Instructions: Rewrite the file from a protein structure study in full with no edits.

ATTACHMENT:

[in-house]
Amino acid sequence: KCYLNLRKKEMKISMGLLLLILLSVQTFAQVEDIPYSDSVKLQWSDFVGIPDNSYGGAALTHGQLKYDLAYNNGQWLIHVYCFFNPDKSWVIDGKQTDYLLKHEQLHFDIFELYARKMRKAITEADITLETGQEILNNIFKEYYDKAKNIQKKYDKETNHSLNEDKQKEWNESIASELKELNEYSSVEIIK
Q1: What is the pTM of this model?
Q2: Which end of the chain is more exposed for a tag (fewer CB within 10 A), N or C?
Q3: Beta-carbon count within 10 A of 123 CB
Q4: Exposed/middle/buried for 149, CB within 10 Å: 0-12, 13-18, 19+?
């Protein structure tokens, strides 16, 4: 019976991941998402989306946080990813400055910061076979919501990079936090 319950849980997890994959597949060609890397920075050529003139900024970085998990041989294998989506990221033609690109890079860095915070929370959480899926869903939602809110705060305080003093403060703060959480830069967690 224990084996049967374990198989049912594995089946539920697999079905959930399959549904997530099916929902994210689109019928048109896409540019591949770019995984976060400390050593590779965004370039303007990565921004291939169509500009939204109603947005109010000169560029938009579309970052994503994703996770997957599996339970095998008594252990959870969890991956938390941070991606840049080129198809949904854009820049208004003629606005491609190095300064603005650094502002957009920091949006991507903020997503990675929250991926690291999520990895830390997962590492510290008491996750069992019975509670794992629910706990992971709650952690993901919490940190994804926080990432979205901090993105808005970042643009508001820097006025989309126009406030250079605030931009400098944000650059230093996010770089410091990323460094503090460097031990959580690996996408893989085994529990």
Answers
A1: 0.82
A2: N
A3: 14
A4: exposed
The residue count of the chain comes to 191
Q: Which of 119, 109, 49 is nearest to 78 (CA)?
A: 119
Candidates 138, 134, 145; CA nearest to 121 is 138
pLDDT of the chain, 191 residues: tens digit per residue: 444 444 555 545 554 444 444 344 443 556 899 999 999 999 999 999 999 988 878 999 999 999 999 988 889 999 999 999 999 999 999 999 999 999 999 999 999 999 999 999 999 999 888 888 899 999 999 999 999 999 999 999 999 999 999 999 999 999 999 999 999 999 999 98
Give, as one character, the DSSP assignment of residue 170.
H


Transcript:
[in-house]
Amino acid sequence: KCYLNLRKKEMKISMGLLLLILLSVQTFAQVEDIPYSDSVKLQWSDFVGIPDNSYGGAALTHGQLKYDLAYNNGQWLIHVYCFFNPDKSWVIDGKQTDYLLKHEQLHFDIFELYARKMRKAITEADITLETGQEILNNIFKEYYDKAKNIQKKYDKETNHSLNEDKQKEWNESIASELKELNEYSSVEIIK
Q1: What is the pTM of this model?
Q2: Which end of the chain is more exposed for a tag (fewer CB within 10 A), N or C?
Q3: Beta-carbon count within 10 A of 123 CB
Q4: Exposed/middle/buried for 149, CB within 10 Å: 0-12, 13-18, 19+?
């Protein structure tokens, strides 16, 4: 019976991941998402989306946080990813400055910061076979919501990079936090 319950849980997890994959597949060609890397920075050529003139900024970085998990041989294998989506990221033609690109890079860095915070929370959480899926869903939602809110705060305080003093403060703060959480830069967690 224990084996049967374990198989049912594995089946539920697999079905959930399959549904997530099916929902994210689109019928048109896409540019591949770019995984976060400390050593590779965004370039303007990565921004291939169509500009939204109603947005109010000169560029938009579309970052994503994703996770997957599996339970095998008594252990959870969890991956938390941070991606840049080129198809949904854009820049208004003629606005491609190095300064603005650094502002957009920091949006991507903020997503990675929250991926690291999520990895830390997962590492510290008491996750069992019975509670794992629910706990992971709650952690993901919490940190994804926080990432979205901090993105808005970042643009508001820097006025989309126009406030250079605030931009400098944000650059230093996010770089410091990323460094503090460097031990959580690996996408893989085994529990």
Answers
A1: 0.82
A2: N
A3: 14
A4: exposed
The residue count of the chain comes to 191
Q: Which of 119, 109, 49 is nearest to 78 (CA)?
A: 119
Candidates 138, 134, 145; CA nearest to 121 is 138
pLDDT of the chain, 191 residues: tens digit per residue: 444 444 555 545 554 444 444 344 443 556 899 999 999 999 999 999 999 988 878 999 999 999 999 988 889 999 999 999 999 999 999 999 999 999 999 999 999 999 999 999 999 999 888 888 899 999 999 999 999 999 999 999 999 999 999 999 999 999 999 999 999 999 999 98
Give, as one character, the DSSP assignment of residue 170.
H